COACH Joe Paterno's glasses are classics in their own right, and now somebody has taken the glasses from the Paterno statue at Beaver Stadium.
University police reported the disappearance between Jan. 2 and 3 and are investigating it as a theft and criminal mischief.
Is it "holy crap, you can take the glasses off Joe Paterno's statue?" I think it should be, because I think of statues as large pieces of metal that you can't disassemble without a blowtorch, not fancy mannequins.
Joe Paterno's statue, which was erected outside Beaver Stadium in 2001 when he set the all-time wins mark for college coaches, lost a bit of its identity recently when someone stole the glasses. Click through to recap Paterno's storied career.
Pat Little, AP
Paterno, seen here in 1965, began his coaching career as an assistant coach at Penn State in 1950. He initially thought his coaching career would be short and he would enter law school.
Paterno became Penn State's head coach in 1966. He took the reigns from the retiring Rip Engle, who coached Paterno at Brown.
Penn State went 5-5 in Paterno's first year, but the school became a national powerhouse with perfect seasons in 1968 and 1969 and 11 straight bowl trips from 1973-1983.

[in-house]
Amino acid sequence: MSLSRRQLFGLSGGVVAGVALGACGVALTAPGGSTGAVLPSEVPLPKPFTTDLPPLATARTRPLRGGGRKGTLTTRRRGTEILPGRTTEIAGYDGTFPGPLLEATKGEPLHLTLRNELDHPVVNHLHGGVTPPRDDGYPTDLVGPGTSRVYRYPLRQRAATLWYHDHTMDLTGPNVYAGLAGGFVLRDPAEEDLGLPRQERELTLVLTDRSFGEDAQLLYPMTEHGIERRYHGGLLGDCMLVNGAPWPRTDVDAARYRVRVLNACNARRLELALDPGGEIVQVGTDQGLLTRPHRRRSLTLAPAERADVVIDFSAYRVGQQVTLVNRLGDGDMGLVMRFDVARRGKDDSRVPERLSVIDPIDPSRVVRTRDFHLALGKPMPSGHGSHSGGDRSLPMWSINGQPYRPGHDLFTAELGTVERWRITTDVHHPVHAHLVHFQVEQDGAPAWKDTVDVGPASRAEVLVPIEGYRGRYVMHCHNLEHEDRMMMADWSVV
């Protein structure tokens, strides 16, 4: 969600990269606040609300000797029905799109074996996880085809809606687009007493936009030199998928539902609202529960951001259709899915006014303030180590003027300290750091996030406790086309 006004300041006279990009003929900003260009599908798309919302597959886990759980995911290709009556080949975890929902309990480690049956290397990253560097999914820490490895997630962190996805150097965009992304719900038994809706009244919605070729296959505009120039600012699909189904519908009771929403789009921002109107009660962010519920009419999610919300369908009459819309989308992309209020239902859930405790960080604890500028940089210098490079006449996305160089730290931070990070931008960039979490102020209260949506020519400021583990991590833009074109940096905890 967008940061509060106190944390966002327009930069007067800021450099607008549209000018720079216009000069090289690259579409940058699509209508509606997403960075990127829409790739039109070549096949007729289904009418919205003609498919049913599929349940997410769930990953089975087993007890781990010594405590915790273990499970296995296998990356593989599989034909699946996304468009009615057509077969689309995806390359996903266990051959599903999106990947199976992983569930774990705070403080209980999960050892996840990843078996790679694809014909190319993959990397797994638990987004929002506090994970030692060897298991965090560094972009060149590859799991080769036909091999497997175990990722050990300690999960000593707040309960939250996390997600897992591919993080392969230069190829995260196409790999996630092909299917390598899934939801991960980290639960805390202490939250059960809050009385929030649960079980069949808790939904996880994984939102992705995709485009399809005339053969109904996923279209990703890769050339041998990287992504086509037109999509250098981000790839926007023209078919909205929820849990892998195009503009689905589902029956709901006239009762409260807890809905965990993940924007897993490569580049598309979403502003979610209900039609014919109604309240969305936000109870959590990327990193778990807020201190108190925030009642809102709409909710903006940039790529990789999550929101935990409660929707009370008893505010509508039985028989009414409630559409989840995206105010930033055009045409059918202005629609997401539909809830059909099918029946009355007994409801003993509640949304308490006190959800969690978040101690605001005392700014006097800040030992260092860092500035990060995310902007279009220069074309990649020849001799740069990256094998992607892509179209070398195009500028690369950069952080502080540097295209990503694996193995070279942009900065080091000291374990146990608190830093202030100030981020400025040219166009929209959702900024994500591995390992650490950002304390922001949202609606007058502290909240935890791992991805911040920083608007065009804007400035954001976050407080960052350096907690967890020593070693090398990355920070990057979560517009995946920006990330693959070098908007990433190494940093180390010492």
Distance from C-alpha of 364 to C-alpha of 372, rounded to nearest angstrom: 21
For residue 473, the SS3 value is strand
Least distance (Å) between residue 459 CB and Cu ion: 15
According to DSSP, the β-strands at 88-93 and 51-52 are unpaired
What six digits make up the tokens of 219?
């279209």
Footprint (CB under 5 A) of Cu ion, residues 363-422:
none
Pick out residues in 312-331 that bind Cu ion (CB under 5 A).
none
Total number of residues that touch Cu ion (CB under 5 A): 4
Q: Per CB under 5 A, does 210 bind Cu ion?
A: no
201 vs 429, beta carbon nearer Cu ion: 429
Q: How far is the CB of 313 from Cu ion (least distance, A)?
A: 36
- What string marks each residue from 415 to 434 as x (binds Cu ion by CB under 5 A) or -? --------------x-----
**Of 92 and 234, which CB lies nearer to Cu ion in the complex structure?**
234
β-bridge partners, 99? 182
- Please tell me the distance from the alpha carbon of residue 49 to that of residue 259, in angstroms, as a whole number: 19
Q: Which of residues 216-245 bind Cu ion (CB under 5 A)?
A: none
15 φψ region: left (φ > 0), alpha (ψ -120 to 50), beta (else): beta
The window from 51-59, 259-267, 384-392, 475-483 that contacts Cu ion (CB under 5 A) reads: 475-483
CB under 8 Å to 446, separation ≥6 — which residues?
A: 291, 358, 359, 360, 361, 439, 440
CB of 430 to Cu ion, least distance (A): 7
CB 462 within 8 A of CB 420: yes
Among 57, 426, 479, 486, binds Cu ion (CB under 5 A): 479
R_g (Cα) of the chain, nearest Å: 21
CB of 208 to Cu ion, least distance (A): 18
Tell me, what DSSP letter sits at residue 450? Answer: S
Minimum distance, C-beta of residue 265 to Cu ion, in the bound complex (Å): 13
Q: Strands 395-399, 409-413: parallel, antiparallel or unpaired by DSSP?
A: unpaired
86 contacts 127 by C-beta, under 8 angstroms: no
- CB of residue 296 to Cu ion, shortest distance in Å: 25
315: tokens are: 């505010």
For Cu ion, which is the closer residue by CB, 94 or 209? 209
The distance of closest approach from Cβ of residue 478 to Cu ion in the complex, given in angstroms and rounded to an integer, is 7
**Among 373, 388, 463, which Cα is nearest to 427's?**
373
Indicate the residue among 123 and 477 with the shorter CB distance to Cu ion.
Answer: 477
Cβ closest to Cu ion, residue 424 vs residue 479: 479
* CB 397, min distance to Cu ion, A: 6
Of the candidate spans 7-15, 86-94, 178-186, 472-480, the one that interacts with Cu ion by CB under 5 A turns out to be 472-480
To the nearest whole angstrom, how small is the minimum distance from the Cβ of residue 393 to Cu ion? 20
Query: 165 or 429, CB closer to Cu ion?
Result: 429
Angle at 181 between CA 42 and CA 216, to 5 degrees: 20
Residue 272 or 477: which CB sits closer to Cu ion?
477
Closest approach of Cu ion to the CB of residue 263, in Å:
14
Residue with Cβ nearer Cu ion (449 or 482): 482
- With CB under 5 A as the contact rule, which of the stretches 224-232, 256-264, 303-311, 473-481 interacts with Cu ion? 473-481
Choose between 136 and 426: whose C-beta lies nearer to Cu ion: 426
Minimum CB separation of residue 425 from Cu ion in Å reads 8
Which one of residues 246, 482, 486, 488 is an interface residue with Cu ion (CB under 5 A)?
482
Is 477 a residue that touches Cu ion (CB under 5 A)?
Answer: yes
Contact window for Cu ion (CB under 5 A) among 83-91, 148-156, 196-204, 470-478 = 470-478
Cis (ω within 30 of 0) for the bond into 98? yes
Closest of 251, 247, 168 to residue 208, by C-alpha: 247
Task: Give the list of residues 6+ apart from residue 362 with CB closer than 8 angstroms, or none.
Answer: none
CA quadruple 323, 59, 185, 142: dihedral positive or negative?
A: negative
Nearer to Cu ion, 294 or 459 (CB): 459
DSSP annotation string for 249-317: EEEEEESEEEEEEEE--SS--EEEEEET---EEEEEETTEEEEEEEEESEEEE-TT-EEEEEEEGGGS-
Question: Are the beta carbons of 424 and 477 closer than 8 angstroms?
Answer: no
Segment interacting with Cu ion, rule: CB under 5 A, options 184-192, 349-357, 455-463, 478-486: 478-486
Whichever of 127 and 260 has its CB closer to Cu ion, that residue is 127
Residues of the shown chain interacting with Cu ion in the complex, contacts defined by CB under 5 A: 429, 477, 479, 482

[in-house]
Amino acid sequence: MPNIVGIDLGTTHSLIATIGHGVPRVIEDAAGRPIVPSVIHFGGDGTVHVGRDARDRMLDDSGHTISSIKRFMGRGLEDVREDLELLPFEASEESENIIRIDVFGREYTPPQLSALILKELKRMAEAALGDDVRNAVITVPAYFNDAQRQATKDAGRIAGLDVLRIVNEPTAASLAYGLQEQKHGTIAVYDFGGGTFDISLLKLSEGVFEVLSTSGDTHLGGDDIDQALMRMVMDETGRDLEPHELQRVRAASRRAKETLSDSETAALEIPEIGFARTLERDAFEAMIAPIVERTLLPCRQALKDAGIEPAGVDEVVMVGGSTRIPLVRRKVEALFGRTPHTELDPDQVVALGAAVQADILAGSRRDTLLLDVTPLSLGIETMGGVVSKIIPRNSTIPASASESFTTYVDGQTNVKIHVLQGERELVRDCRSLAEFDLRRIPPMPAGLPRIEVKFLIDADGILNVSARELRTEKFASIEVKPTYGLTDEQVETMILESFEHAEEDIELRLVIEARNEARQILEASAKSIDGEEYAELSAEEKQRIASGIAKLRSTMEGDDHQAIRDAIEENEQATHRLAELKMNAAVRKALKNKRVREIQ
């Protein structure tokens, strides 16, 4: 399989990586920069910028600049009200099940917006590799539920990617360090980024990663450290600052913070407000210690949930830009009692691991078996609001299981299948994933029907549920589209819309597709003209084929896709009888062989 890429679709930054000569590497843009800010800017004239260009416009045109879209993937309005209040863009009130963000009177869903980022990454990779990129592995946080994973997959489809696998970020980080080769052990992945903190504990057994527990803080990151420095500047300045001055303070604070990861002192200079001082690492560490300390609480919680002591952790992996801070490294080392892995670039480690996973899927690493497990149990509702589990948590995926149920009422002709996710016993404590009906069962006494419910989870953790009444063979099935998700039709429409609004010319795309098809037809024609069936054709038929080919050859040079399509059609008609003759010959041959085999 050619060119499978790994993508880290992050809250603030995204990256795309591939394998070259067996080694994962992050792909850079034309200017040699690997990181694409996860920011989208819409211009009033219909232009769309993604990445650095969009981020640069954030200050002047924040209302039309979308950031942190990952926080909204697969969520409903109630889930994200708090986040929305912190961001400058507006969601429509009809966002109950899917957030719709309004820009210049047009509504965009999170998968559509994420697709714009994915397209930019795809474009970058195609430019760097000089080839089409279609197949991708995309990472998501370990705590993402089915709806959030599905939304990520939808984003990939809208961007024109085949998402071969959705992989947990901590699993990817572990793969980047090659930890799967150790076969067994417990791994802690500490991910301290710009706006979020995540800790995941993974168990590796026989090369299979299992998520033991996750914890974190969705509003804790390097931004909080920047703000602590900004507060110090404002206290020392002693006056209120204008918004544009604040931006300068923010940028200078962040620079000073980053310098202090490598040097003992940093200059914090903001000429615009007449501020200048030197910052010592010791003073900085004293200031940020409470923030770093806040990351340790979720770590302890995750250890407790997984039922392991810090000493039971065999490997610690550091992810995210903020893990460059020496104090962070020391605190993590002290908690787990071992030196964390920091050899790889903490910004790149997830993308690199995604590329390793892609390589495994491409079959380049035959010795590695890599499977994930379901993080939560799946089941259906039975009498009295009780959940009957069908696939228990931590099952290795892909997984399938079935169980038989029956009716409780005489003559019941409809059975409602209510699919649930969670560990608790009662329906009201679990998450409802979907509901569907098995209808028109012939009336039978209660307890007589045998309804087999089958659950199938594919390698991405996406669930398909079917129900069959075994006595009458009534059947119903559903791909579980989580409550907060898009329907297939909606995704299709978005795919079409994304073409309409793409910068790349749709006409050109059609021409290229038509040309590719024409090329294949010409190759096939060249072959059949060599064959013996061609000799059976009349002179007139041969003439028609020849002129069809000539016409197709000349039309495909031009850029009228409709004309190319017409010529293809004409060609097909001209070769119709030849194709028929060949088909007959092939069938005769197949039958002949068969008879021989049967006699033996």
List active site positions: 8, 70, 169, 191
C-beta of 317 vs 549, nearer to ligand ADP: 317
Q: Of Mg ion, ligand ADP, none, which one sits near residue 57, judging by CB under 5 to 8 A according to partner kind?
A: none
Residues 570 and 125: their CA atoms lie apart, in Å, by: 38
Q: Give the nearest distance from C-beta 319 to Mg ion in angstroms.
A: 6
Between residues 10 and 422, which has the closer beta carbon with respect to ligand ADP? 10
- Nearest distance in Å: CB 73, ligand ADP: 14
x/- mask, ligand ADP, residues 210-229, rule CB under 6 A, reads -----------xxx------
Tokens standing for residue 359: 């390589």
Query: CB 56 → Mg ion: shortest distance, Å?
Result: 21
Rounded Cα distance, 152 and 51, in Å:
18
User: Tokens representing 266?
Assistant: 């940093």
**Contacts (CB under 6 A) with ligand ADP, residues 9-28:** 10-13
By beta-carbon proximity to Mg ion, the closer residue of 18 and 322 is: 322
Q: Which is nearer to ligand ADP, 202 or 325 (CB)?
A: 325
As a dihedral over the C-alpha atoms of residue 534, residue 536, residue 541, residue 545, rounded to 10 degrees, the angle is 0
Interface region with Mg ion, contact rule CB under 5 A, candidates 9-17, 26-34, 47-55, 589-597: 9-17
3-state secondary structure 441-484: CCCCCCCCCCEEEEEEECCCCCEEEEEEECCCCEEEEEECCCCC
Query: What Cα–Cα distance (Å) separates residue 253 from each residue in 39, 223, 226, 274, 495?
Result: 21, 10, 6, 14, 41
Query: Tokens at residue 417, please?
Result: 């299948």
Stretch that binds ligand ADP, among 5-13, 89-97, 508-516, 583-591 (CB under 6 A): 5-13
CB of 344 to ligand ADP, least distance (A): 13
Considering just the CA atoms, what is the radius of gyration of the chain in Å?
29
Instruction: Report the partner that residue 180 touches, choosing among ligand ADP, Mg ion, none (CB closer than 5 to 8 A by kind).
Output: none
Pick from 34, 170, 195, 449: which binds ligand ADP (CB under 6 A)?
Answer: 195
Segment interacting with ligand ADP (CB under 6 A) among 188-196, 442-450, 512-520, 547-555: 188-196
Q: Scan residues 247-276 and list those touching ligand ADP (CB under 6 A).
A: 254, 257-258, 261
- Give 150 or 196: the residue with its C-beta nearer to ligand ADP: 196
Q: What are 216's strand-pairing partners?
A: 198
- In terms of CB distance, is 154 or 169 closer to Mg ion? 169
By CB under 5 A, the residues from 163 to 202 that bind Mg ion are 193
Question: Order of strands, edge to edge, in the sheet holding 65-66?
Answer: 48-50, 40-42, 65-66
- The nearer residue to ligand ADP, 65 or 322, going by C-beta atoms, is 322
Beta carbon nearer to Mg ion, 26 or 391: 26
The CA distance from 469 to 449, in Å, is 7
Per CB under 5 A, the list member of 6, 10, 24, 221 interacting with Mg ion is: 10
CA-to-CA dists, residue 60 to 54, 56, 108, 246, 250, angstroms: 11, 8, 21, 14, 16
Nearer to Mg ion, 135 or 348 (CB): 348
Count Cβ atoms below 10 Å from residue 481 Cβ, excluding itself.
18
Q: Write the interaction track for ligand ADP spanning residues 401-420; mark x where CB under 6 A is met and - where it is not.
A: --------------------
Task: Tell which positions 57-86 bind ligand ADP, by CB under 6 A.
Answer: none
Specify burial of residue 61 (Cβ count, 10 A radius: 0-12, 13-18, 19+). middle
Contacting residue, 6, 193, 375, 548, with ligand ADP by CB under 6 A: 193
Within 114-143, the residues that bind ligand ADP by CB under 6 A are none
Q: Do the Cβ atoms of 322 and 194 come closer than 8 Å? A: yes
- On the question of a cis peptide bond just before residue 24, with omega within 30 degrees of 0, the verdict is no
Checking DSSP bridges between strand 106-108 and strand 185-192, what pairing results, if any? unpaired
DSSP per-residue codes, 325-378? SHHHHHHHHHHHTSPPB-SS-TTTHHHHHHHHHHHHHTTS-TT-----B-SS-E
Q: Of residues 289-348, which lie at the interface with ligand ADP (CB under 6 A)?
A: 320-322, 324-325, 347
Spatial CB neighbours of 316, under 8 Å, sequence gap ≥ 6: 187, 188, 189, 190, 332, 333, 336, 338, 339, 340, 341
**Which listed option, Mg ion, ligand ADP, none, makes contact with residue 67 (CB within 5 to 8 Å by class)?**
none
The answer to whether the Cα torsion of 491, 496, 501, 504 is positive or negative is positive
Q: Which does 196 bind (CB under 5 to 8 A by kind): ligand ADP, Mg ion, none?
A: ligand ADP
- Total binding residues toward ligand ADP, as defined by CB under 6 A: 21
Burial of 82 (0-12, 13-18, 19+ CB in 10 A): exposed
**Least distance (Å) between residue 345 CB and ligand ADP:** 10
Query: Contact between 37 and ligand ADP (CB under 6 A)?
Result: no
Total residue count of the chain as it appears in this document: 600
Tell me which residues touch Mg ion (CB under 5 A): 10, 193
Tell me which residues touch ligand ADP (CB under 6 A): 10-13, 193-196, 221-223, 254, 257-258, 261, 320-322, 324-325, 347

The Nittany Lions won their first national championship following the 1982 season, beating Georgia in the Sugar Bowl. They repeated the feat in the 1986 season with an Orange Bowl win over Miami.
Paterno celebrated his 324th victory in 2001. The Lions topped Ohio State at home, 29-27, to make Paterno the winningest coach in NCAA history.
Jamie Squire, Getty Images
Paterno relinquished the lead for career wins to another veteran, Florida State's Bobby Bowden, for a stretch, but holds the record once again. Paterno also owns the record for career bowl game victories.
Jamie Squire, Getty Images
Paterno was a living legend by the start of this decade and his old-school image became stronger than ever. A string a mediocre seasons from 2000 through 2004 prompted questions though about the veteran's ability to coach in the modern age. He responded with an 11-1 record and a Big Ten title in 2005.
Jacqueline Larma, AP
Paterno suffered a severe knee injury while on the sidelines during a game at Wisconsin in 2006. He was forced to coach from a skybox for a stretch afterward.
Morry Gash, AP
Paterno, who turned 82 in December, signed a three-year extension that same month and will be on the Penn State sideline through at least 2011.
Carolyn Kaster, AP
Can you remove JoePa's shoes? His jacket? His shirt? Can you sensuously trail your finger down his chest as you reach for his belt, feeling his rock-hard bronzed abs slip past? Should I stop this train of thought about four sentences ago?
Yes, yes I should. All I know is that if I see a headline along the lines of "Paterno statue's pants, honor taken" I am going to be very, very disappointed in State College, Pennsylvania.